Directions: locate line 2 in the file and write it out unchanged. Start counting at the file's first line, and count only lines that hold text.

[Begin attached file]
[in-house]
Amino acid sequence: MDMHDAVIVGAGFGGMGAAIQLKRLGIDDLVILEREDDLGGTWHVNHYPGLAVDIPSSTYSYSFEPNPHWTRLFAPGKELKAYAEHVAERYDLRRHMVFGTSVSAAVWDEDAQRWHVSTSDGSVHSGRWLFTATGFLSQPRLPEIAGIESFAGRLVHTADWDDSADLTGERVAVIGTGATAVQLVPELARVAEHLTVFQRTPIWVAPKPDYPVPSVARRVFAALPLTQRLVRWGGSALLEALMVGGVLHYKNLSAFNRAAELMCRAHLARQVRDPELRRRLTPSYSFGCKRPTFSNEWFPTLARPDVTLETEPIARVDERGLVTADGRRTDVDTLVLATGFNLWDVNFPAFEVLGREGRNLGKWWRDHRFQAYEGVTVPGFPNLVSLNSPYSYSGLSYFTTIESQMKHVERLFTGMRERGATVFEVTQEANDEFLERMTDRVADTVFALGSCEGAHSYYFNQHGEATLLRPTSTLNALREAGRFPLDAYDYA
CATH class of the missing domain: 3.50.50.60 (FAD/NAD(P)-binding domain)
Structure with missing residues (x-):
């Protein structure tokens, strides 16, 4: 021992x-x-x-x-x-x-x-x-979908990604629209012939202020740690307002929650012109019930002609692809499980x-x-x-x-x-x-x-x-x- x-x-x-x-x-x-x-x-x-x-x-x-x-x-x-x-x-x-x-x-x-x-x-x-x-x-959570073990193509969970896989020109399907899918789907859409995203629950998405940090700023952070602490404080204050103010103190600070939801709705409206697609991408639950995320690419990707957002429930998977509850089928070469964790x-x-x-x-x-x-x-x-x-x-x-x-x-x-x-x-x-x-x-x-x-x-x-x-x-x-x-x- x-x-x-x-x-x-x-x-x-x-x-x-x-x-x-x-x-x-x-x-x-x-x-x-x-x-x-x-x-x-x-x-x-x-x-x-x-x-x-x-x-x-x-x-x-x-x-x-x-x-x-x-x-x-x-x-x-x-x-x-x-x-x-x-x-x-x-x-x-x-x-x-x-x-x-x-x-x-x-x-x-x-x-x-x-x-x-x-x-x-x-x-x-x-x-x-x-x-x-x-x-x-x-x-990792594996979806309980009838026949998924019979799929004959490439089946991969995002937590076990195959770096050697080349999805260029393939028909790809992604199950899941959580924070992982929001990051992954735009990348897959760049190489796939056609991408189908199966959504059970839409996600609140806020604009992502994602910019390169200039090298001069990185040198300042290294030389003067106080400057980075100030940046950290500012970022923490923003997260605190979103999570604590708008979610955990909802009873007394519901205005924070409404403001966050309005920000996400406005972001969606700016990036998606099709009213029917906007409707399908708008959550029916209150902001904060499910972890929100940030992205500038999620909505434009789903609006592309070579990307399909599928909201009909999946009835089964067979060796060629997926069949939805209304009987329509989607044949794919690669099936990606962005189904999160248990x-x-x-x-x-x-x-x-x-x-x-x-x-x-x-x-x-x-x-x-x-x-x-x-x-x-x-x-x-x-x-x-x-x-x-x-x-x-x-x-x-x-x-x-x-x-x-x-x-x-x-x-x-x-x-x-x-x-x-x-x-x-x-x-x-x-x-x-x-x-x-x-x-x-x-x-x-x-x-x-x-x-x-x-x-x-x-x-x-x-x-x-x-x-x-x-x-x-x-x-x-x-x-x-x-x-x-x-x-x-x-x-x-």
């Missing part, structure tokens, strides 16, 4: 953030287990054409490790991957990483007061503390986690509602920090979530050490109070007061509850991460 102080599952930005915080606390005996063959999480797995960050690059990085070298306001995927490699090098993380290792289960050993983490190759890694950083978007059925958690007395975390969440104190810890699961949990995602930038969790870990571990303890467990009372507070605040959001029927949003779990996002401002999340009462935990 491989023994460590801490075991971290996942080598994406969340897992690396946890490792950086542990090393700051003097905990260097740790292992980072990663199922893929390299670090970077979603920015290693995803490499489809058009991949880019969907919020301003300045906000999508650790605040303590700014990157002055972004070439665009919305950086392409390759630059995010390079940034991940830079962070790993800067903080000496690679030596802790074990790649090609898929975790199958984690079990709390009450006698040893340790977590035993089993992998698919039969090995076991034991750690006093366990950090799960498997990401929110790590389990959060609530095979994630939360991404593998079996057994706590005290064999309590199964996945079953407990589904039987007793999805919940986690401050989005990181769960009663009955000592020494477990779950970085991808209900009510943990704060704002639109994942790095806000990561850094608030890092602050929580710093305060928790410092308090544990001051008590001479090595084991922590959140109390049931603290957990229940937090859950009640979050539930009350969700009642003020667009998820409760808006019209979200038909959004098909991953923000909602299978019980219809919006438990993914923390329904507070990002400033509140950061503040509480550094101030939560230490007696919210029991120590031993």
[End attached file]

Amino acid sequence: MDMHDAVIVGAGFGGMGAAIQLKRLGIDDLVILEREDDLGGTWHVNHYPGLAVDIPSSTYSYSFEPNPHWTRLFAPGKELKAYAEHVAERYDLRRHMVFGTSVSAAVWDEDAQRWHVSTSDGSVHSGRWLFTATGFLSQPRLPEIAGIESFAGRLVHTADWDDSADLTGERVAVIGTGATAVQLVPELARVAEHLTVFQRTPIWVAPKPDYPVPSVARRVFAALPLTQRLVRWGGSALLEALMVGGVLHYKNLSAFNRAAELMCRAHLARQVRDPELRRRLTPSYSFGCKRPTFSNEWFPTLARPDVTLETEPIARVDERGLVTADGRRTDVDTLVLATGFNLWDVNFPAFEVLGREGRNLGKWWRDHRFQAYEGVTVPGFPNLVSLNSPYSYSGLSYFTTIESQMKHVERLFTGMRERGATVFEVTQEANDEFLERMTDRVADTVFALGSCEGAHSYYFNQHGEATLLRPTSTLNALREAGRFPLDAYDYA